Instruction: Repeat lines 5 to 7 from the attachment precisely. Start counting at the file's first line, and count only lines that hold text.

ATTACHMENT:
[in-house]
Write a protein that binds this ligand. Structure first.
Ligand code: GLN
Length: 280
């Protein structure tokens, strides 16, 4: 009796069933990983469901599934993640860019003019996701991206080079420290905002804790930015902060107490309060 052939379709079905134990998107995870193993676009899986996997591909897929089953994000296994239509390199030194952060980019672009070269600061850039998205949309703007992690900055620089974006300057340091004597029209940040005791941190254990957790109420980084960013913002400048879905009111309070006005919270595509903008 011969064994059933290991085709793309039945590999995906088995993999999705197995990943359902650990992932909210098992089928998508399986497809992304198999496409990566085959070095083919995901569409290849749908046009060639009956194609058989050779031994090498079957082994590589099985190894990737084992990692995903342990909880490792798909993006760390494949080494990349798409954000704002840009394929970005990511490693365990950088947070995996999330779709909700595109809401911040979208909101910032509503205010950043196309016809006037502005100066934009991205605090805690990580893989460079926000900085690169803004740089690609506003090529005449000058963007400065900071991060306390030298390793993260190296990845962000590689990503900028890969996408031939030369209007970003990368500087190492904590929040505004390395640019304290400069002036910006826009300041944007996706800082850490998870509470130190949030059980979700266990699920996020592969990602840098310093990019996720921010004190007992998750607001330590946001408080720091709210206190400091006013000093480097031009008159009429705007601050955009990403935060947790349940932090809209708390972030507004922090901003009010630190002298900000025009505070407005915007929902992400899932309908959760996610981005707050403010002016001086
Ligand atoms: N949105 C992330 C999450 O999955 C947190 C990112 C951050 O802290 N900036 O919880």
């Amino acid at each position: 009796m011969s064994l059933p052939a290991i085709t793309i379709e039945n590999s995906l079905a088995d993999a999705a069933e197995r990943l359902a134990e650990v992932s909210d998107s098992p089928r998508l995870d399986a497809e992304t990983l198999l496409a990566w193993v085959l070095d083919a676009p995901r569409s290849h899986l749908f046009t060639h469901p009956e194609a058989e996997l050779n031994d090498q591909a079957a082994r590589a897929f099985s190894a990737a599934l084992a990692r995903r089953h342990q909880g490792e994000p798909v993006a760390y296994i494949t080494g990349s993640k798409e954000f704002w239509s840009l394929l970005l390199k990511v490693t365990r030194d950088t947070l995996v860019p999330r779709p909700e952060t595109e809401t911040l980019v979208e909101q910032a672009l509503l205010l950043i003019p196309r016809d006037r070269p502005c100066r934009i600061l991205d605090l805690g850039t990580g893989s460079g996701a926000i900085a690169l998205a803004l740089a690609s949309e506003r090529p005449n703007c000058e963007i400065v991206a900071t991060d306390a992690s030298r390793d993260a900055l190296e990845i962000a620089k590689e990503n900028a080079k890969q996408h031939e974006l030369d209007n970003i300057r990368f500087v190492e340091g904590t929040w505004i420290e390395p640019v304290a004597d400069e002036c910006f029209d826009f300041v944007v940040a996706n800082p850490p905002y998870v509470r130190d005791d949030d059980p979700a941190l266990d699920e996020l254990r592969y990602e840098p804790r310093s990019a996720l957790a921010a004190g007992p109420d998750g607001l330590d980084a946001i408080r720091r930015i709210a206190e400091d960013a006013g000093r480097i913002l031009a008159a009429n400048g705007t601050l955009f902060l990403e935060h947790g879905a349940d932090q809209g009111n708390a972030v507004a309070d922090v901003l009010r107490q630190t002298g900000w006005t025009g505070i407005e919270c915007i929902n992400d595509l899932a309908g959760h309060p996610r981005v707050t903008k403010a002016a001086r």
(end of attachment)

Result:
């Protein structure tokens, strides 16, 4: 009796069933990983469901599934993640860019003019996701991206080079420290905002804790930015902060107490309060 052939379709079905134990998107995870193993676009899986996997591909897929089953994000296994239509390199030194952060980019672009070269600061850039998205949309703007992690900055620089974006300057340091004597029209940040005791941190254990957790109420980084960013913002400048879905009111309070006005919270595509903008 011969064994059933290991085709793309039945590999995906088995993999999705197995990943359902650990992932909210098992089928998508399986497809992304198999496409990566085959070095083919995901569409290849749908046009060639009956194609058989050779031994090498079957082994590589099985190894990737084992990692995903342990909880490792798909993006760390494949080494990349798409954000704002840009394929970005990511490693365990950088947070995996999330779709909700595109809401911040979208909101910032509503205010950043196309016809006037502005100066934009991205605090805690990580893989460079926000900085690169803004740089690609506003090529005449000058963007400065900071991060306390030298390793993260190296990845962000590689990503900028890969996408031939030369209007970003990368500087190492904590929040505004390395640019304290400069002036910006826009300041944007996706800082850490998870509470130190949030059980979700266990699920996020592969990602840098310093990019996720921010004190007992998750607001330590946001408080720091709210206190400091006013000093480097031009008159009429705007601050955009990403935060947790349940932090809209708390972030507004922090901003009010630190002298900000025009505070407005915007929902992400899932309908959760996610981005707050403010002016001086
Ligand atoms: N949105 C992330 C999450 O999955 C947190 C990112 C951050 O802290 N900036 O919880």
């Amino acid at each position: 009796m011969s064994l059933p052939a290991i085709t793309i379709e039945n590999s995906l079905a088995d993999a999705a069933e197995r990943l359902a134990e650990v992932s909210d998107s098992p089928r998508l995870d399986a497809e992304t990983l198999l496409a990566w193993v085959l070095d083919a676009p995901r569409s290849h899986l749908f046009t060639h469901p009956e194609a058989e996997l050779n031994d090498q591909a079957a082994r590589a897929f099985s190894a990737a599934l084992a990692r995903r089953h342990q909880g490792e994000p798909v993006a760390y296994i494949t080494g990349s993640k798409e954000f704002w239509s840009l394929l970005l390199k990511v490693t365990r030194d950088t947070l995996v860019p999330r779709p909700e952060t595109e809401t911040l980019v979208e909101q910032a672009l509503l205010l950043i003019p196309r016809d006037r070269p502005c100066r934009i600061l991205d605090l805690g850039t990580g893989s460079g996701a926000i900085a690169l998205a803004l740089a690609s949309e506003r090529p005449n703007c000058e963007i400065v991206a900071t991060d306390a992690s030298r390793d993260a900055l190296e990845i962000a620089k590689e990503n900028a080079k890969q996408h031939e974006l030369d209007n970003i300057r990368f500087v190492e340091g904590t929040w505004i420290e390395p640019v304290a004597d400069e002036c910006f029209d826009f300041v944007v940040a996706n800082p850490p905002y998870v509470r130190d005791d949030d059980p979700a941190l266990d699920e996020l254990r592969y990602e840098p804790r310093s990019a996720l957790a921010a004190g007992p109420d998750g607001l330590d980084a946001i408080r720091r930015i709210a206190e400091d960013a006013g000093r480097i913002l031009a008159a009429n400048g705007t601050l955009f902060l990403e935060h947790g879905a349940d932090q809209g009111n708390a972030v507004a309070d922090v901003l009010r107490q630190t002298g900000w006005t025009g505070i407005e919270c915007i929902n992400d595509l899932a309908g959760h309060p996610r981005v707050t903008k403010a002016a001086r």